A business management system can be an effective tool for managing sales commission system which should incentivise staff to sell the goods you want at the most profitable prices, advises Andrew Maszyr, development director, Cromwell Business Systems.
Sales commission is one of the many thorny issues a retailer has to consider as a means of rewarding staff who do well. Tricky because the retailer has to weigh up the advantages of sales commission versus other forms of remuneration. And, if commissions are used to incentivise store staff, he has to decide on what basis the employee should be awarded and how best to manage the process.
While commission offers sales staff an opportunity to supplement their earnings – sometimes considerably – they are also subject to fluctuations depending on their ability to sell product and on the ups and downs of the economy.
It’s not impossible to manage a basic commission scheme in a spreadsheet. However, it’s much more effective to use a store management system such as Cromwell’s Open-Retail as there are multiple permutations that will incentivise and inform your staff as well as ensuring they sell the goods you want them to sell at the most profitable prices.
At its simplest, a basic commission scheme is based on a percentage of each sale, rental or maintenance transaction. Open-Retail controls whether commission is calculated as a percentage of the gross retail price or net retail price. As in any IT system worth its salt, there are numerous permutations and refinements to get you thinking. For instance, commission can be paid on brand new products only, or on different types of products, eg those from specific manufacturers; or on cash sales only, not rentals or maintenance. Decisions can also be made on whether you reward individual sales staff or whether the commission is paid on a pool basis (or a combination of the two). Open-Retail also allows you to set up varying commission rates for different categories of product, including surplus stock or one-off items.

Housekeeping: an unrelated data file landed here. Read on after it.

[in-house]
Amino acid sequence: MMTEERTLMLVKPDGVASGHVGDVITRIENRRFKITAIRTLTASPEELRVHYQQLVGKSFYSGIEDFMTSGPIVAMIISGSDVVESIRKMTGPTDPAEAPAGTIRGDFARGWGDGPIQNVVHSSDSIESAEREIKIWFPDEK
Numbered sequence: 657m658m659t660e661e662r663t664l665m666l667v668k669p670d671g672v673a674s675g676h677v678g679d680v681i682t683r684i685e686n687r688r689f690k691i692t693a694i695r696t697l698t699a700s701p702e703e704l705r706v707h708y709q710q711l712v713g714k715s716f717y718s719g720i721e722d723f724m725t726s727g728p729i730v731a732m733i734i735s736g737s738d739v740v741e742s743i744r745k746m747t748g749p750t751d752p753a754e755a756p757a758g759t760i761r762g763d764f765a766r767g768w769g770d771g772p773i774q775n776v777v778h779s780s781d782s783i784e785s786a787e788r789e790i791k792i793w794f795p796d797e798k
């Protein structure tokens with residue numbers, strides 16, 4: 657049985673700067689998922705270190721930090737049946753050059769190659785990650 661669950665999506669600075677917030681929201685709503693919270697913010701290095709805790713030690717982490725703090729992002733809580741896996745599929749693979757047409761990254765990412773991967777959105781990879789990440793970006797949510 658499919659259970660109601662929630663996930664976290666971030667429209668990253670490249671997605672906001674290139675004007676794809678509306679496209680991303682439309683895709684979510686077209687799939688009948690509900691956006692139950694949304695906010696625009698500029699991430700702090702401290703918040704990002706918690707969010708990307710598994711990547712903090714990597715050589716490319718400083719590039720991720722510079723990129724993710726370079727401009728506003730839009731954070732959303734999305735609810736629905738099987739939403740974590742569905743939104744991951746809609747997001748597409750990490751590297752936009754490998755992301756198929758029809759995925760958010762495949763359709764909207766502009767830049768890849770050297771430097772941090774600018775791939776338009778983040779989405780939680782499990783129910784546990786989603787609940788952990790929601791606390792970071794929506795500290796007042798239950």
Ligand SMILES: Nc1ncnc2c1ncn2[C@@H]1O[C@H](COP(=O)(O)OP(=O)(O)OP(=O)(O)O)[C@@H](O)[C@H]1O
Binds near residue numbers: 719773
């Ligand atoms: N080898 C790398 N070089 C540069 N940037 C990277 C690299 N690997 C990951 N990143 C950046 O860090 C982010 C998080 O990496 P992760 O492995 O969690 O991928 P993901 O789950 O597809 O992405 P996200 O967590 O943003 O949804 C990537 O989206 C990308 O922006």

In the case of rentals, you can assign commission on any variable of new customer, changeover customer or renewal customer. You can also withdraw commission if a customer returns the goods and receives a refund. The number of days during which you have the power to take back the commission can also be specified.
How does it work?
Then, Open-Retail gives you the option of setting different rates of commission by the profits made on each sale. For instance, you can pay 1% on profits up to 15%; 1.5% on profits up to 25%, and 2% on profits up to 40%. You can also assign margin bands – that is, specify that a product sold to a customer at a discounted rate does not attract a full commission percentage because profits were reduced on the deal. Equally, should a small miracle occur and the product sell for more than its normal price, you can reward the salesperson or the team with a special 110% of their usual commission percentage.
With this level of flexibility and control in your IT system you have considerable power to direct sales staff to sell the right products at the right prices; give them an instant view on their sales performance and remuneration; and motivate them to give the best possible performance. You can also obtain an accurate picture at any time of which of your sales team is really the best salesperson. And that is the person who makes you the most profit, rather than the one that shifts the most volume of stock.
With commission-related reports, managers can see at a glance how store staff are performing against targets, and store staff can see how much commission they are clocking up on a daily basis if they wish.
John Digwa, founder and director of PRC Hi-Fi & Video, is more than pleased with the flexibility in handling commission provided by his Open-Retail system commenting:
“My staff and I now have commission information at our fingertips. At the end of the period my staff commission reports are compiled automatically – so no more sifting through reams of paper to calculate the figures manually.”